Why does everyone hate Camborne?

Ask a group what their least favourite part of Cornwall is, and there will be an overwhelming answer in the comments. “Camborne”. 

Now, I’m a little bit biased – my whole family come from Camborne and my great grandad worked down the mines – but I’ve never quite understood why it gets so much hate. 

Sure, it’s not coastal, and there are definitely more scenic places to visit in Cornwall, but to me there’s much more to Camborne than meets the eye. 

Here’s my defence of the town! 

Why I don’t think Camborne’s so bad

One of the largest towns in Cornwall (population 24,282), Camborne is one of the few settlements that remain relatively unchanged by tourism.

While it’s relatively off the tourist radar, it’s a fascinating place that claims to have changed the world at least two times.

Its historic centre is lined with 18th-century buildings, with essences of its past on nearly every corner.

Sure, it has a bit of a ramshackle high street, and the lanes don’t lead their way to the sea (well, they do eventually, but you’d have to walk out of Camborne to reach the coast!), but if you scratch the surface, Camborne may well surprise you. 

So, what’s so interesting about Camborne’s history?

Camborne’s history stretches back to at least 1181, although it most likely existed before the 12th century (the records are somewhat hazy the further back you go in history!). This is because ruins of a Romano-British villa have been found nearby.

This is the only of its kind in Cornwall – not many Romans got this far down the peninsula!

Due to Camborne’s inland location, it didn’t grow as fast as other settlements on the coast – until tin was discovered in the area.

It’s thought that mining started in the 1400s – obviously with Medieval tools – and as machinery became more sophisticated, mining in the Camborne area became more widespread.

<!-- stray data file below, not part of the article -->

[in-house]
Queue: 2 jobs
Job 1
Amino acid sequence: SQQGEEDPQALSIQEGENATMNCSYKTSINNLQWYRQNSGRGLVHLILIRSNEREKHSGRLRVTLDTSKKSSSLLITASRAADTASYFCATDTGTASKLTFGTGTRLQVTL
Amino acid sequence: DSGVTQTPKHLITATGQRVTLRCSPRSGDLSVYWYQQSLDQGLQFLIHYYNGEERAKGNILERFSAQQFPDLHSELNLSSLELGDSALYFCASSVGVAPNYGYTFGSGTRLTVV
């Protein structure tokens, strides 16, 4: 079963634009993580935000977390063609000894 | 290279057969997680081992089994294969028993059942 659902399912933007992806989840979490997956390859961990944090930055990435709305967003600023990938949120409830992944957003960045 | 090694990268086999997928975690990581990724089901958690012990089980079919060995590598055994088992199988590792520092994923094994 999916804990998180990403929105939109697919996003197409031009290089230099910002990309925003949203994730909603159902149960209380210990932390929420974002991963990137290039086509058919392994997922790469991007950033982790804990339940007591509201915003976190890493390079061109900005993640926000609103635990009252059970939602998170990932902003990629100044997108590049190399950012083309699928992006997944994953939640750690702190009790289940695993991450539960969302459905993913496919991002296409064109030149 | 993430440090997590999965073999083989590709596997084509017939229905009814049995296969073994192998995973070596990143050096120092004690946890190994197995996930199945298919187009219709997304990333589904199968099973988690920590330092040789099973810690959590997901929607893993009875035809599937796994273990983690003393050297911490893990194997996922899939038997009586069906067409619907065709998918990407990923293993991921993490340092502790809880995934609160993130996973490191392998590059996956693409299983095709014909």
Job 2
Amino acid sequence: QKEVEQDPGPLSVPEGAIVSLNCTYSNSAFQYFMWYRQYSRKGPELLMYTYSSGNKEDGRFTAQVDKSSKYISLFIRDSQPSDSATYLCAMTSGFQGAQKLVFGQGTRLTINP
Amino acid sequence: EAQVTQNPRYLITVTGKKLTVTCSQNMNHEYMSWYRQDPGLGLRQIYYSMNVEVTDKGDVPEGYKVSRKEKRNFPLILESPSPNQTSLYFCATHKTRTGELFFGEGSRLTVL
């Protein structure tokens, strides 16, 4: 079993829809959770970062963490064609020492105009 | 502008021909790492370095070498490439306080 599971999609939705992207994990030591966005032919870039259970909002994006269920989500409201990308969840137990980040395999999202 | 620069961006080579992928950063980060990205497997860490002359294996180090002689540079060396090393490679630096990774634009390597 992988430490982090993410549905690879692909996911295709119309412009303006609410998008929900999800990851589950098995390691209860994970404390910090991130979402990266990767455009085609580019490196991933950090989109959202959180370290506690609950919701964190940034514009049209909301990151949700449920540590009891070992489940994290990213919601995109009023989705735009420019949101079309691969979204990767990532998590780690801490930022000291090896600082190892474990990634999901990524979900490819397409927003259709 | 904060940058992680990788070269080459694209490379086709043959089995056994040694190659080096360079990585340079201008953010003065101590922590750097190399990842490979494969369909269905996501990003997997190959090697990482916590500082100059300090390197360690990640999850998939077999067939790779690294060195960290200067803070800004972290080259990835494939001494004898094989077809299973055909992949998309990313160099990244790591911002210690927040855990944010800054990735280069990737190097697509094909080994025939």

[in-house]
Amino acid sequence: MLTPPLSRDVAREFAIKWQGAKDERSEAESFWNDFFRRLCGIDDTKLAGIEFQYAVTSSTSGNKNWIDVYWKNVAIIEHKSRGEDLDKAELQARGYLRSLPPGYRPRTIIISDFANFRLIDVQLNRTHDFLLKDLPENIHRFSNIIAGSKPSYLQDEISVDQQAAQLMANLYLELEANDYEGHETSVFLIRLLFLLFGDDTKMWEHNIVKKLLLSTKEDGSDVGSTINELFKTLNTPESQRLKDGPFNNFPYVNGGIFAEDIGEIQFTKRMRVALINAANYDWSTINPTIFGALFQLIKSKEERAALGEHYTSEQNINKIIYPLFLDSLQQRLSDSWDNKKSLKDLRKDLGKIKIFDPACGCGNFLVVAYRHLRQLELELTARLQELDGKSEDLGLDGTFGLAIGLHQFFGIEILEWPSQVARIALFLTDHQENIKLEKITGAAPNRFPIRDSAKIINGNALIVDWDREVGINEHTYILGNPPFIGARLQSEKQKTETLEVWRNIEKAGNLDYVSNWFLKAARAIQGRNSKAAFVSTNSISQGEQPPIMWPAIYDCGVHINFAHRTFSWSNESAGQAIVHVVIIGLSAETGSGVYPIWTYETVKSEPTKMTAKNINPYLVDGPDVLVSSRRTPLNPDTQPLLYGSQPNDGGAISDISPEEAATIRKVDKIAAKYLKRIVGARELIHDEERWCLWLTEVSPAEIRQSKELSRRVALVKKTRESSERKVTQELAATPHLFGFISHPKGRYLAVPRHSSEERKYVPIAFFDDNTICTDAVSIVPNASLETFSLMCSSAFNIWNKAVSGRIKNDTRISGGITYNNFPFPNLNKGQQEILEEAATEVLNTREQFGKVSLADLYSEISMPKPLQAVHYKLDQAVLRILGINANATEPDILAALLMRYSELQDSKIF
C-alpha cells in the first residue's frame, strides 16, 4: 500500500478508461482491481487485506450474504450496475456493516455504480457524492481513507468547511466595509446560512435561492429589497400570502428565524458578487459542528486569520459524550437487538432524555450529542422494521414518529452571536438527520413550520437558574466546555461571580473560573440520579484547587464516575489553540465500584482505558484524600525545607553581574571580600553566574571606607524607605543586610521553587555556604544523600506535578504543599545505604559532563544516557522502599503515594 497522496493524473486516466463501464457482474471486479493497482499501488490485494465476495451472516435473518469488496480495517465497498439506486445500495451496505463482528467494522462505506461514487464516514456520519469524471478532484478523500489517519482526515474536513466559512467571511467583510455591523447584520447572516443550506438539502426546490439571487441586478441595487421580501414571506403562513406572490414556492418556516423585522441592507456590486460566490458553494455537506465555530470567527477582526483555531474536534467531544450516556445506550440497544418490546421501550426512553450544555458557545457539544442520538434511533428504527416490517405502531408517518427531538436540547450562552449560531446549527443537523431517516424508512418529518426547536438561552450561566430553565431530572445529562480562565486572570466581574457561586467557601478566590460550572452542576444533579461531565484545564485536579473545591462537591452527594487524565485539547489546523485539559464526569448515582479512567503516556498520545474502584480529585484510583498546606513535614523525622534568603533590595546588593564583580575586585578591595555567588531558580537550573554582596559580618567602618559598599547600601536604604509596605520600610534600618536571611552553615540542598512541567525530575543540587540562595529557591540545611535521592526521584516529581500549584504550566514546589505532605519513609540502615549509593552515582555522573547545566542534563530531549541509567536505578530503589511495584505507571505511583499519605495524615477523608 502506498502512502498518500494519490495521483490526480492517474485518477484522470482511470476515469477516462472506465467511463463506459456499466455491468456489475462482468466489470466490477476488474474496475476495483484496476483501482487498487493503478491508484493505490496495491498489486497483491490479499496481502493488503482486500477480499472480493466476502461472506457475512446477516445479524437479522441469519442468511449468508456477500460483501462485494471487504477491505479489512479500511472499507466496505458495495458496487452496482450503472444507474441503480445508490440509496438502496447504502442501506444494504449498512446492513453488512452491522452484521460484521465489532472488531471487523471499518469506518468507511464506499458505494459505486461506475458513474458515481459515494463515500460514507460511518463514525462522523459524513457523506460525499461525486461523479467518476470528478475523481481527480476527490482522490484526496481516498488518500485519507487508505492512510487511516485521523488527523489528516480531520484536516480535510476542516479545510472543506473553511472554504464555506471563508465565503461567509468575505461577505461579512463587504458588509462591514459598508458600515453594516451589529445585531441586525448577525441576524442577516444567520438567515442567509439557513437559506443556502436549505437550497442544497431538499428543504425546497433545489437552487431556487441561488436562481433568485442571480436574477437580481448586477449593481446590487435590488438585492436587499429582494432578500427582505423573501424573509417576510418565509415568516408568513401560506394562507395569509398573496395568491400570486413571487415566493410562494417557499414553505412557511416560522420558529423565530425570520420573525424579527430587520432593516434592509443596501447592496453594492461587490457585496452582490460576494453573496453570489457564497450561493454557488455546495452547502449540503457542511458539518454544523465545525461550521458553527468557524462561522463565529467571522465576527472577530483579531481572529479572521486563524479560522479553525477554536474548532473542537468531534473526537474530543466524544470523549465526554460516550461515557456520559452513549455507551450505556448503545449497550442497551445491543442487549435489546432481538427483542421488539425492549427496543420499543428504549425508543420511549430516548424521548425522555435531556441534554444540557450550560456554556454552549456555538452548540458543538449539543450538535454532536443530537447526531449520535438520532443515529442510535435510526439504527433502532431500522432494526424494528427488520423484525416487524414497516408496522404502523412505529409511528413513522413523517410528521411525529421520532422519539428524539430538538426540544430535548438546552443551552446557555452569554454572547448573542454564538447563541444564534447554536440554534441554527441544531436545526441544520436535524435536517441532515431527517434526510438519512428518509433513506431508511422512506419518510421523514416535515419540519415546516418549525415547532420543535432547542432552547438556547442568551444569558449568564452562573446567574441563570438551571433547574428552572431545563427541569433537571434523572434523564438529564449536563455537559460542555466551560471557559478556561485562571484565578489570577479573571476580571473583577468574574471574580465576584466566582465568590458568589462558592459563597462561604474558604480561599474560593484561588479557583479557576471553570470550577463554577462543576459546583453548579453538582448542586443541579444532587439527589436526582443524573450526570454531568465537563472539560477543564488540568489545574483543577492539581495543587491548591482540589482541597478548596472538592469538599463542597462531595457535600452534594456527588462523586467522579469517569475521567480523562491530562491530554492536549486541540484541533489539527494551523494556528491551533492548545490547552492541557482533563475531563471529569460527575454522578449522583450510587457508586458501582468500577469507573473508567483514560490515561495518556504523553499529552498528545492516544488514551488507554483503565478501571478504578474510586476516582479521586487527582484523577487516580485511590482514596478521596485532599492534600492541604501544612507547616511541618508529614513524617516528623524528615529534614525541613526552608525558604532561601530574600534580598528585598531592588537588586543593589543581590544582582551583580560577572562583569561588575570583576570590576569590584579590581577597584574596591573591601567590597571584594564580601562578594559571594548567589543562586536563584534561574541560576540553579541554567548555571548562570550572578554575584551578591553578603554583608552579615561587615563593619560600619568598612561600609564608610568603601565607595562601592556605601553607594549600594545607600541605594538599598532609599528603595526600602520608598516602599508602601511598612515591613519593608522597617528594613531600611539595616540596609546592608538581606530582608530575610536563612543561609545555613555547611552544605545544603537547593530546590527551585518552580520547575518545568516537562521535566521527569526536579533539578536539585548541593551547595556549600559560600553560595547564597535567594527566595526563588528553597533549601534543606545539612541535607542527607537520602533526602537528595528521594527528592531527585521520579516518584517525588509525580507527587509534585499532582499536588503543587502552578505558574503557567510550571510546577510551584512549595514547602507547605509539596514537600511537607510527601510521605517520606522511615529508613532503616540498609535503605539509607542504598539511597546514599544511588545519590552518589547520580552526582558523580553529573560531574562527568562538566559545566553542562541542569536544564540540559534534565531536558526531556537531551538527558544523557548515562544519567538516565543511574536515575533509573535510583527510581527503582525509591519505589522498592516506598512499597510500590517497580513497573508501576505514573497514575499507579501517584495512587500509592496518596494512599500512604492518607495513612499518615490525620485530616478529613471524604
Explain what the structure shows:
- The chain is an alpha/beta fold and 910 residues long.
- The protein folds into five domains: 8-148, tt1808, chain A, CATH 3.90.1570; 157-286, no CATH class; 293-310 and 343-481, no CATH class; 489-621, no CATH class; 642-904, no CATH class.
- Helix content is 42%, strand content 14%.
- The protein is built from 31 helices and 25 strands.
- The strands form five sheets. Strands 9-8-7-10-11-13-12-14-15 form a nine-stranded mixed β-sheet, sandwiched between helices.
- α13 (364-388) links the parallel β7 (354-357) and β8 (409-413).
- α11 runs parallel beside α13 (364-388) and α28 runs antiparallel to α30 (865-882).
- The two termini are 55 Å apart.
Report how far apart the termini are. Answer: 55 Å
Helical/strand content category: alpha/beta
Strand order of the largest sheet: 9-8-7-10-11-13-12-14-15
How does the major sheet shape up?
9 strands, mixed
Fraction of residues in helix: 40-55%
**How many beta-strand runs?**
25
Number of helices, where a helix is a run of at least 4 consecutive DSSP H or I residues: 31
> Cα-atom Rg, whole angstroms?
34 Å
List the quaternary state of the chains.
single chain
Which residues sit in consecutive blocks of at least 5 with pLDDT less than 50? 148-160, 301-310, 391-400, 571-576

The town grew over the centuries and had the right to hold a market in the early 18th century.

In the late 18th century, Camborne and Redruth had an abundance of Cornish mines, in fact, the area was so popular for its copper and tin mining that it was the richest mining area in the world.

In the early Victorian era, Camborne was world-famous as a mining district, with the Dolcaoath Mine being the deepest mine in the world (at 1,067 metres or 3,500 feet) for many years. It closed in 1921, but before closure, it was the oldest in the world too.

Camborne was also home to South Crofty, which was the last working tin mine in Europe (closing its doors in 1998).

During Camborne’s mining heyday, the town prospered around it – it naturally gained more wealth, making the region a great place to invest in.

The mining industry started to decline in the 1870s, although it didn’t completely shut down until the 1990s.

My great-granddad and great-uncle both did a stint down the Camborne mines before they closed!

How Camborne changed the world

But there’s more to Camborne! It actually changed the world… twice!

Puffing Devil

On Christmas Eve 1801, Richard Trevithick unveiled the “Puffing Devil” which was the world’s first passenger-carrying road vehicle/ full-scale steam locomotive.